Russia’s Future and the West

Russia is again seeking a role as a global power and is therefore flexing its muscles. Signs of change in Russian foreign policy have been mounting ever since President Vladimir Putin delivered a confrontational speech in Munich last February.

Since then Russia planted its flag on the seabed below the North Pole to demonstrate its claims to the Arctic and its natural resources; announced its intention to build its own missile defense system and issued repeated threats against Europe because of the planned deployment of a small American defense system; exploded a “stray” missile or bomb in Georgia as a warning signal to the government in Tbilisi and its Western friends; buzzed America’s military base on the Pacific island of Guam with surveillance aircraft; blocked a decision on the final status of Kosovo in the UN Security Council; and launched a hacker attack against computer systems in Estonia. In addition, each winter there is a repeated threat of “problems” with oil and gas deliveries to Europe.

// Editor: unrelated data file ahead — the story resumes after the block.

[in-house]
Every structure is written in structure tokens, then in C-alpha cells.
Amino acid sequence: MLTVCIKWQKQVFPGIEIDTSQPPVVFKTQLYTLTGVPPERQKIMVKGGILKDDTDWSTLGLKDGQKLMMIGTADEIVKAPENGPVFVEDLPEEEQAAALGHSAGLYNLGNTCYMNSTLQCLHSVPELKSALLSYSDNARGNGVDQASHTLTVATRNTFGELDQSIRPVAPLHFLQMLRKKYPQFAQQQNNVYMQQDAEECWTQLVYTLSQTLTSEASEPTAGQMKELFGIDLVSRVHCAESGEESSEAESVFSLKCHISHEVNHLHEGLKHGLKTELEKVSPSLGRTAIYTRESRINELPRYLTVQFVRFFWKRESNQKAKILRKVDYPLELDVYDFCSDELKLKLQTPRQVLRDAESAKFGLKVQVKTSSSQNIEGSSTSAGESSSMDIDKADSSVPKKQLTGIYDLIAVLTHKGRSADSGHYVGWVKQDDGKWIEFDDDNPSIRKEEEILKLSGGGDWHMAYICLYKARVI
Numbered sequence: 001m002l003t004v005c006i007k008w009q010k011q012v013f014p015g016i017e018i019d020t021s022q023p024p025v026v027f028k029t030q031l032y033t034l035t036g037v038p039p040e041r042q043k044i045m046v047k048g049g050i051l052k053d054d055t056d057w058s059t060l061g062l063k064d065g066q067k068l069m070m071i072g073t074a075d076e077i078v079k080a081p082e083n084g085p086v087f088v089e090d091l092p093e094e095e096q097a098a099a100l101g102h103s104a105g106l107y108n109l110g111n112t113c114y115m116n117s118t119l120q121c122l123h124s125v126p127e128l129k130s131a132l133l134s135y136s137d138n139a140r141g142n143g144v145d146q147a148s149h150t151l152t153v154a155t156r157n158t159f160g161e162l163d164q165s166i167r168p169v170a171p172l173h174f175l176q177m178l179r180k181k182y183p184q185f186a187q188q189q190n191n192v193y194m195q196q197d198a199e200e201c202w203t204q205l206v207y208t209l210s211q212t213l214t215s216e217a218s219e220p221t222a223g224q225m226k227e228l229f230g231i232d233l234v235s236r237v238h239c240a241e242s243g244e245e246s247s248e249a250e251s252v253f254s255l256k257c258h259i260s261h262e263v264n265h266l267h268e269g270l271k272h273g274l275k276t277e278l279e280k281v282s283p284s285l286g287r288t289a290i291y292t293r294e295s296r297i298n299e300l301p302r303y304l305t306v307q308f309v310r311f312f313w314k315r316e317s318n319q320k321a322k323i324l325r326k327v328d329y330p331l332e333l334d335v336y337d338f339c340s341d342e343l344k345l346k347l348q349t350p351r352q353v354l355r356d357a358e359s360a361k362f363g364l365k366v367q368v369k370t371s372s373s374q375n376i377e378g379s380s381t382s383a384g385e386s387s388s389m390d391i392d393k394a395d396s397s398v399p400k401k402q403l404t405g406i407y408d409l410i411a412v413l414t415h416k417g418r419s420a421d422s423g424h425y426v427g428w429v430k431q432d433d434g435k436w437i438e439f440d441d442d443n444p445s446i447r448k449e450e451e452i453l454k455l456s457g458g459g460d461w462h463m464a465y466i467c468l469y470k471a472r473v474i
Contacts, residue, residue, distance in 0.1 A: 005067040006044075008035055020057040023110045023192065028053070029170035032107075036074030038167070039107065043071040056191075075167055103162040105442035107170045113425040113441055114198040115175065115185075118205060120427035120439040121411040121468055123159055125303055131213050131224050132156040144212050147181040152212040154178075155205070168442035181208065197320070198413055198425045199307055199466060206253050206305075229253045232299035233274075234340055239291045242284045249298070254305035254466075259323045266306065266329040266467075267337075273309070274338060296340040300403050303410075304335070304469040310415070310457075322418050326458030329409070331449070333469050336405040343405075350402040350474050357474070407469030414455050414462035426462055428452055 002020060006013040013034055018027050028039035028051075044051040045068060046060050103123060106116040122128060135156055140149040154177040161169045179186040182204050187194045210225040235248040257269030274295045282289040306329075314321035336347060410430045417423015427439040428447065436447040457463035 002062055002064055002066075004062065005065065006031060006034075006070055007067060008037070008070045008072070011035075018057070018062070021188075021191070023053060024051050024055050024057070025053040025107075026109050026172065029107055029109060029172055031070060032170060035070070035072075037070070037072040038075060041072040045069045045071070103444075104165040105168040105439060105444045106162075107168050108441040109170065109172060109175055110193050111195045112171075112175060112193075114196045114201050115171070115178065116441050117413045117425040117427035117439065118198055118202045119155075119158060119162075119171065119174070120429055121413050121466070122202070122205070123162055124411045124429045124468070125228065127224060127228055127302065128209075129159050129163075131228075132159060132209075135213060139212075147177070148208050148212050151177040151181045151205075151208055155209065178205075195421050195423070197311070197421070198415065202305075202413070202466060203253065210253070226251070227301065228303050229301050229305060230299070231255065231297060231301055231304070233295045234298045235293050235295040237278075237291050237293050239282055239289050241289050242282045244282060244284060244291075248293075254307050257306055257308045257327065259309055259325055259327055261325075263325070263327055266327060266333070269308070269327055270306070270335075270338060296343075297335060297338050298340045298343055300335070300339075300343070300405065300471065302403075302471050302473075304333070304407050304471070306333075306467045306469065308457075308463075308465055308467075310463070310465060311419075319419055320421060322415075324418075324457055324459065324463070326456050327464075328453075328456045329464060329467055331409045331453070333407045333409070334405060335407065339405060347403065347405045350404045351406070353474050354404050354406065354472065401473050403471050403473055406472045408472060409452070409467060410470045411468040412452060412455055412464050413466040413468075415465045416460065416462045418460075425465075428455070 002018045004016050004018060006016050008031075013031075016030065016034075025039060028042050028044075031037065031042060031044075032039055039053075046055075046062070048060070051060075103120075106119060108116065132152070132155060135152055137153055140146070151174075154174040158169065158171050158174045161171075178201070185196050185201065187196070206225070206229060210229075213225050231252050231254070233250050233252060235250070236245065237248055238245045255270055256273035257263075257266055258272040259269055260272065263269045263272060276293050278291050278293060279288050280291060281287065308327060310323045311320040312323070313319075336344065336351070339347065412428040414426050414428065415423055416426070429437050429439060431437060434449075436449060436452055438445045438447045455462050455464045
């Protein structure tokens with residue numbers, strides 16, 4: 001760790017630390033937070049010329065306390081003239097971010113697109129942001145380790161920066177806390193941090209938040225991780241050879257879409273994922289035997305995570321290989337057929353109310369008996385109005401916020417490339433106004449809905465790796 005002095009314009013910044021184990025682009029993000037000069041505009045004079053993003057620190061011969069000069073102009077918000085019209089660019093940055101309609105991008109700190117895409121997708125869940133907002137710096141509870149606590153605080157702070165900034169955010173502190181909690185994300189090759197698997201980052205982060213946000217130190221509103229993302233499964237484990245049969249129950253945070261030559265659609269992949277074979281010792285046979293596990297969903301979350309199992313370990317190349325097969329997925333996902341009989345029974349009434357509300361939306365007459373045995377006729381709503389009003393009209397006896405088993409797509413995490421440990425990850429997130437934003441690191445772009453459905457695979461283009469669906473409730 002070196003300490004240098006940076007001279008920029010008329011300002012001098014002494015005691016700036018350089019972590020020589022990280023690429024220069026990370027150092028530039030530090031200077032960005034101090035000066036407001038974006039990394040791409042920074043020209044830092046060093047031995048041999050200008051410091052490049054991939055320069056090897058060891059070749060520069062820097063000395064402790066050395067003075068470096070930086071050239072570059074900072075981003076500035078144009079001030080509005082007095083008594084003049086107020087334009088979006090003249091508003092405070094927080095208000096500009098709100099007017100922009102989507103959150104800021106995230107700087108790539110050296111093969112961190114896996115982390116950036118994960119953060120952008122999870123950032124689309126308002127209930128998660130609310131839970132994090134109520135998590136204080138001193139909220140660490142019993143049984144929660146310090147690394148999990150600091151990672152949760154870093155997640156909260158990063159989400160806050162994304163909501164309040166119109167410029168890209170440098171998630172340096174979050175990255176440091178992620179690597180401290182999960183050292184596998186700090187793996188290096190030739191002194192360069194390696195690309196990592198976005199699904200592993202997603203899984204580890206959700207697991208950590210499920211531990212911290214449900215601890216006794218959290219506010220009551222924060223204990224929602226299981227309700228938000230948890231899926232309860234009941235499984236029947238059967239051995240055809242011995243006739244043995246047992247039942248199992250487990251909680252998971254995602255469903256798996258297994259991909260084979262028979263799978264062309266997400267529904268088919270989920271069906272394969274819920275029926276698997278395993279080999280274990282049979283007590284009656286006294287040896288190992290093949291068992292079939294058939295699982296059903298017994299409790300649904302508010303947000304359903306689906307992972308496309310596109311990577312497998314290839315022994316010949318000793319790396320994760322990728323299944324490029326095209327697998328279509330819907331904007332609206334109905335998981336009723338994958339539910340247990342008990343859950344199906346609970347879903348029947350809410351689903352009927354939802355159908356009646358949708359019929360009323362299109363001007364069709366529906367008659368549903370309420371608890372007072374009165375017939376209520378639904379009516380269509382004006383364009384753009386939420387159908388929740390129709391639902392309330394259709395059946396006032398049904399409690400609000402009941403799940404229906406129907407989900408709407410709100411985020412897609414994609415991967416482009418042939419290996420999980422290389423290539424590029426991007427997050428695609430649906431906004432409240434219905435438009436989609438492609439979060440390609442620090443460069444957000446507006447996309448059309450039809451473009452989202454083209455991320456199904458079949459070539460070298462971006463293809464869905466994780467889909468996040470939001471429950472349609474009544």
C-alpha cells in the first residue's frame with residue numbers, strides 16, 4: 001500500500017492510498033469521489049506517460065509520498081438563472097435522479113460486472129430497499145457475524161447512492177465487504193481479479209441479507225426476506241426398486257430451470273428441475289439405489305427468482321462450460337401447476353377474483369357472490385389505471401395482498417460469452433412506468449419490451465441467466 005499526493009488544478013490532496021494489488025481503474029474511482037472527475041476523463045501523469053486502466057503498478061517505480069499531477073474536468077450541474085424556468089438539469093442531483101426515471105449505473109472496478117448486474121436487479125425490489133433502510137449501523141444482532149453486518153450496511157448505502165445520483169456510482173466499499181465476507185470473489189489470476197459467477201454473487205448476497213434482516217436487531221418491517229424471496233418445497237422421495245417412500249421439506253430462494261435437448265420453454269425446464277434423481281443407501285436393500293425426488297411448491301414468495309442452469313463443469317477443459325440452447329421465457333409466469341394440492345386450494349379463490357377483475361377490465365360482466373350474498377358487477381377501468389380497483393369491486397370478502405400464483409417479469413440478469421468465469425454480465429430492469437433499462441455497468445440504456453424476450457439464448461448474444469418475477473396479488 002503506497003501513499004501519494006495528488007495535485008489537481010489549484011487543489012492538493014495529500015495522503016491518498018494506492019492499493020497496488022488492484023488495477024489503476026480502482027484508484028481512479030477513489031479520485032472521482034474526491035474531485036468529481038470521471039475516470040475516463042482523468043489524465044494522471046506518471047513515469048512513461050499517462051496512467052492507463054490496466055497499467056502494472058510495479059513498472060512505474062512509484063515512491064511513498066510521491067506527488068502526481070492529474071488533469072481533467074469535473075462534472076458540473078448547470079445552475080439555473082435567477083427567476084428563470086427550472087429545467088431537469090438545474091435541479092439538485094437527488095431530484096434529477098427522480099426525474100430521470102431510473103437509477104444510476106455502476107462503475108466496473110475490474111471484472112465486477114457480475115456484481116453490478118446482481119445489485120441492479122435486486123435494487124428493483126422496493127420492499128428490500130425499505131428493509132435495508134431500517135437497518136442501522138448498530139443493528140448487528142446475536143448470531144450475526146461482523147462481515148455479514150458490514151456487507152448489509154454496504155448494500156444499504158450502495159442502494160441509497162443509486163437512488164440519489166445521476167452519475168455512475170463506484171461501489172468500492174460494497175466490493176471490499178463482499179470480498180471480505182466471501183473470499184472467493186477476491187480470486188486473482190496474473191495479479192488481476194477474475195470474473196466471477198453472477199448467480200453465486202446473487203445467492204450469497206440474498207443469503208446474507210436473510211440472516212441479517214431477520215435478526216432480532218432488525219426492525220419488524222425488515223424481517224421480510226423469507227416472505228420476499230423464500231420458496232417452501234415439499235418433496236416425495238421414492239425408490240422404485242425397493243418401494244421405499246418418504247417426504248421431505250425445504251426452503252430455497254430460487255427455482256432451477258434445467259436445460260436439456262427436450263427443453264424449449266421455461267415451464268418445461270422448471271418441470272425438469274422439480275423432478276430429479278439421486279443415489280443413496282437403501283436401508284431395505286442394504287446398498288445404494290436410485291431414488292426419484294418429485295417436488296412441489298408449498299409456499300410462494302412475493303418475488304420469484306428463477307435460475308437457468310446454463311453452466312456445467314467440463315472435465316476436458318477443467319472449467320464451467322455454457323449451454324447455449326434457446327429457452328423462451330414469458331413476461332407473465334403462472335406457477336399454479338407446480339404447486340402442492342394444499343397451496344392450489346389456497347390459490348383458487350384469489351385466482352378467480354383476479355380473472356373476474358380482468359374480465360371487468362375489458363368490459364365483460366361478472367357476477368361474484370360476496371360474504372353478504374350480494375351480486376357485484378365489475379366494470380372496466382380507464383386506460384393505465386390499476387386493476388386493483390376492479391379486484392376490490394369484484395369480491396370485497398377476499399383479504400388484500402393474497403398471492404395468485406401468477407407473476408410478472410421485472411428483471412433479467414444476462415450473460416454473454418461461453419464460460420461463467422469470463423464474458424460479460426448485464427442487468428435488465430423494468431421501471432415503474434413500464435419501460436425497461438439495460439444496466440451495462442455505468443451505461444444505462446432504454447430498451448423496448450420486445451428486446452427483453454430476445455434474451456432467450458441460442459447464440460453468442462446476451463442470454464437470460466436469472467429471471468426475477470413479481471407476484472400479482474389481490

High oil and gas prices, America’s self-inflicted global weakening due to its misadventure in Iraq, and the rise of China and India obviously have prompted Moscow to change its foreign policy. Yet none of this amounts to a fundamental change in Russia’s strategy, because Russia continues to adhere to its fundamental decision, made in the early 1990’s, to open itself to the West. Still, the style of Russian politics has changed from cooperation to confrontation. And, as history has shown, a change of style in foreign policy may quickly lead to a change in strategy.

Currently, Russia is undergoing a restoration. Such periods always follow revolutions and times of far-reaching change. The power of the center is being restored, following its partial disintegration after the end of the Soviet Union. But, ever since the sixteenth century, the center has played the main role in shaping Russian history, and now looks to be no different.